Pro Staff runs Oracle's flagship database management system to back up Oracle-PeopleSoft's human resources and financials applications. Buelt says he's looked at Microsoft's BI tools and found them appealing, but he doesn't envision his company embracing Microsoft SQL Server anytime soon.
"I need to hedge my bets with Oracle," Buelt said. "I can't take the risk of going down a migration to SQL Server for PeopleSoft, even though it's supported now."
3. Focus on business goals
Any business intelligence initiative should be conducted entirely with business goals in mind. But, experts say, this can be tough, especially when business and IT don't see eye to eye.
Rather than getting into a situation where IT is begging for BI budget money and business execs are barking about the new types of analyses they need, Blankenburg said, it's a good idea for both groups to sit down and map out business goals, then decide how they can be accomplished technologically and economically.
"Focus on business performance and understand what kind of data and analysis you need to move your business forward," he said. "This is a very typical conversation, where the business side and the IT side in this area just don't even know how to talk to each other."
Blankenburg said he encountered such a situation last year while doing consulting work for a client who builds consumer electronic goods. After both sides stopped the arguing and began focusing on how to achieve business goals, he said, "What we wound up with [was] a BI strategic planning engagement that basically put together a three-year-long roadmap for them about what they should be doing right to address their business challenges."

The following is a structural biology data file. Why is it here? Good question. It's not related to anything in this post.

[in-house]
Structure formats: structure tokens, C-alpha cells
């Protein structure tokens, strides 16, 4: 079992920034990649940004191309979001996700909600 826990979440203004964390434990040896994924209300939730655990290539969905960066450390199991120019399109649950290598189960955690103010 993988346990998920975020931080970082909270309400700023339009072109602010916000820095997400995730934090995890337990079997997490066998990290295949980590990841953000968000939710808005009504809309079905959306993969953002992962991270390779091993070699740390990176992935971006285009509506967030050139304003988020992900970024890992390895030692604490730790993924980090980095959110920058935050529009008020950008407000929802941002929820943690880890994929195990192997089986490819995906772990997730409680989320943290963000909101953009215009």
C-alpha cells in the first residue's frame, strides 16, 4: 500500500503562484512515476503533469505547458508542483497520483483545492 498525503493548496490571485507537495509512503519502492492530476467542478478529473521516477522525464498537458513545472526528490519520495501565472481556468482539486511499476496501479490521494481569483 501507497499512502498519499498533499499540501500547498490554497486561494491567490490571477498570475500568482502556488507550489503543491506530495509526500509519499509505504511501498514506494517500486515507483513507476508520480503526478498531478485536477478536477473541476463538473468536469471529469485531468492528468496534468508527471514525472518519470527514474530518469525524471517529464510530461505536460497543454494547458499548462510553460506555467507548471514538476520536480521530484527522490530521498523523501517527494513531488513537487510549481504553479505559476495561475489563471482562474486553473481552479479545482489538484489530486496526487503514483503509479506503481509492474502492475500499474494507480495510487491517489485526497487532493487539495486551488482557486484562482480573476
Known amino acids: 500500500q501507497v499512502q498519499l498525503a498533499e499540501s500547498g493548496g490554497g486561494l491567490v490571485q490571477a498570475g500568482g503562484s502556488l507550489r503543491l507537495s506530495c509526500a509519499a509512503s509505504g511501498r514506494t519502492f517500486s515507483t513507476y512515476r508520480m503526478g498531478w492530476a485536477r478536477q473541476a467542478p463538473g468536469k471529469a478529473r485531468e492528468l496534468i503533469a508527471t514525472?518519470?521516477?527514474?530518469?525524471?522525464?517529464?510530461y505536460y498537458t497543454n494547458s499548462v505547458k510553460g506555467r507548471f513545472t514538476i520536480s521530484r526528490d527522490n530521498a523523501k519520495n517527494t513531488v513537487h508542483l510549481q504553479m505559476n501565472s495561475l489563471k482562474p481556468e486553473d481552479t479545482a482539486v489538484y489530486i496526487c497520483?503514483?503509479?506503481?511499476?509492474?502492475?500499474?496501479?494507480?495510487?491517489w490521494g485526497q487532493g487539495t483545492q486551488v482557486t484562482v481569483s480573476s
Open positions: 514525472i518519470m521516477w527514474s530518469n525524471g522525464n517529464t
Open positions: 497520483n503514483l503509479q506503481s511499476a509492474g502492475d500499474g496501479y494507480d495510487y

4. Don't overbuy Microsoft BI
You've schooled your IT employees and identified business goals and challenges to address, now it's time to deal with the salespeople. Make sure they don't talk you into buying more than you need.
Companies that choose to go with Microsoft BI will want to thoroughly familiarize themselves with Microsoft's overall BI strategy and products, according to IDC's Vesset.
Basically, he explained, there are three components to Microsoft BI. There is SQL Server, the company's flagship database, which includes data integration services, analysis services and reporting services.
There's ProClarity, a BI company Microsoft acquired last year. ProClarity's technology will make up the foundation of the upcoming Microsoft Performance Point Server (PPS). Vesset said PPS will include such features as scorecards and performance management applications.
The third component of Microsoft BI is Microsoft Office and, specifically, Microsoft Excel. Vesset said Microsoft is aggressively pushing Excel 2007 as a front end to SQL Server, at least for BI purposes.
"People need to recognize that there are multiple components within the Microsoft solution stack," Vesset said. "It's really important to understand specific user needs and what different populations may be looking for."
5. Take an incremental approach
When rolling out a new BI system, don't try to take on too much at once. It's important to start small, Blankenburg said, and focus initially on one specific business need. And remember, success breeds success.
"Try to do something on an incremental basis -- quickly, cost effectively -- then show the results and use that [success] to drive more BI capability into the organization," he said.
One way IT organizations can zero in on which business requirements to address first is by conducting a "bang for your buck" analysis.
"You have to understand how important the goals are in the context of the money that you're going to have to spend to address them," Blankenburg said. "And if there are areas that are very cost effective, you try to implement those things as quickly as possible."